This Marine Knife was awful but it is now worth thousands of dollars


When gear is issued, it can sometimes be a hit with troops on the ground. Other times, not so much.

In the curious case of the Marine Raider Stiletto, it was the right knife made from the wrong material that ultimately led to its replacement by the venerable Ka-Bar knife- though the change ultimately made the stiletto a coveted collector’s item.

U.S._Marine_Raider_Stiletto3

The first knife in USMC history to be designed by a Marine Officer, the stiletto was the work of then-Lieutenant Colonel Clifford H. Shuey, who would later retire as a Brigadier General.

While Shuey largely copied the Fairbairn-Sykes fighting knife of British design (which was developed by two British soldiers stationed in Shanghai years prior), he unfortunately didn’t use the same type of steel, choosing to use cheaper materials (during to wartime demand).

Ultimately, this would make the knife rather brittle over time and susceptible to corrosion- something that Marines could do without.

While Marine Raiders and Paratroopers carried the knife for some time, they ultimately found it was only good for stabbing and not much else. Considering that fighting knives were more often used as can openers and hammers than…well, knives, they discarded it for more durable blades such as the Ka-Bar.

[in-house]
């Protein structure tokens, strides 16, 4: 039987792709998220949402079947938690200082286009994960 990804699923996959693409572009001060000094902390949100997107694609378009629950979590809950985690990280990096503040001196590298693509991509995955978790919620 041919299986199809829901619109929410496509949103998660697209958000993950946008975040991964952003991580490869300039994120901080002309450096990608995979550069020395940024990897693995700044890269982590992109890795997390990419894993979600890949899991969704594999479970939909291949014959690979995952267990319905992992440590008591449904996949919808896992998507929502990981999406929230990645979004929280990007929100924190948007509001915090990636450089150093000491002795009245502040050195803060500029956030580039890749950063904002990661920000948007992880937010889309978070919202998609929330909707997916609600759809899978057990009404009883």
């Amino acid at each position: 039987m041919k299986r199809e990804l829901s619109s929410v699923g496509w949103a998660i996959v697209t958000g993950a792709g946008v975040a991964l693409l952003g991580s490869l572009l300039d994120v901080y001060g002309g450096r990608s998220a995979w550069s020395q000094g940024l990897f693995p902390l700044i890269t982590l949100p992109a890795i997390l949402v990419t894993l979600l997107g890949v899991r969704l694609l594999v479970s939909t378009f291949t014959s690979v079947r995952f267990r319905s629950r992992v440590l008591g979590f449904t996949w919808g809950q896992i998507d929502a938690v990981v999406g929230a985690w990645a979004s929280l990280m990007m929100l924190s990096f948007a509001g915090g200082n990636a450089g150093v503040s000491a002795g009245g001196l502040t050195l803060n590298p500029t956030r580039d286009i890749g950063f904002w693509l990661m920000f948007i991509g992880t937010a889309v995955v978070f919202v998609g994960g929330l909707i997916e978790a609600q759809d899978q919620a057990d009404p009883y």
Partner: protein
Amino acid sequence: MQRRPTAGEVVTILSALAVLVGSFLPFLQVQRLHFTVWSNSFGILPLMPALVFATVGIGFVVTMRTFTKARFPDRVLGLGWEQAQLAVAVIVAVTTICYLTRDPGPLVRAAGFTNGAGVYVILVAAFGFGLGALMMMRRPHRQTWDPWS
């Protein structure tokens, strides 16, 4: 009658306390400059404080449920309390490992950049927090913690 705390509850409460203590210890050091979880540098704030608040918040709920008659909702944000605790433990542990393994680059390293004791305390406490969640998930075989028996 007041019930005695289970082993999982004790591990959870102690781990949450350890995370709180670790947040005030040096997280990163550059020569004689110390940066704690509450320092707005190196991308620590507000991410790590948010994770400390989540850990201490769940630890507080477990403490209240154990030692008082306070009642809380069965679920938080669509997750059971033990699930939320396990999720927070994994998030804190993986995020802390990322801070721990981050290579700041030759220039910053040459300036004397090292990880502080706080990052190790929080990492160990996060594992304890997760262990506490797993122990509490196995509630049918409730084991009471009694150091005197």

Despite its short-lived tenure in the Corps, the knife wasn’t forgotten. It holds much historical value and -due to the fact that the zinc alloy decomposes easily- is one of the rarest knives in the world of militaria collecting.

If you happen to have one of these knives, hold on to it. These knives can be worth over $2,000 in good condition!

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Author

  • Andy Wolf

    Andy Wolf is an Appalachian native who spent much of his youth and young adulthood overseas in search of combat, riches, and adventure- accruing decades of experience in military, corporate, first responder, journalistic and advisory roles. He resides in North Carolina's Blue Ridge Mountains with his K9 companion, Kiki.

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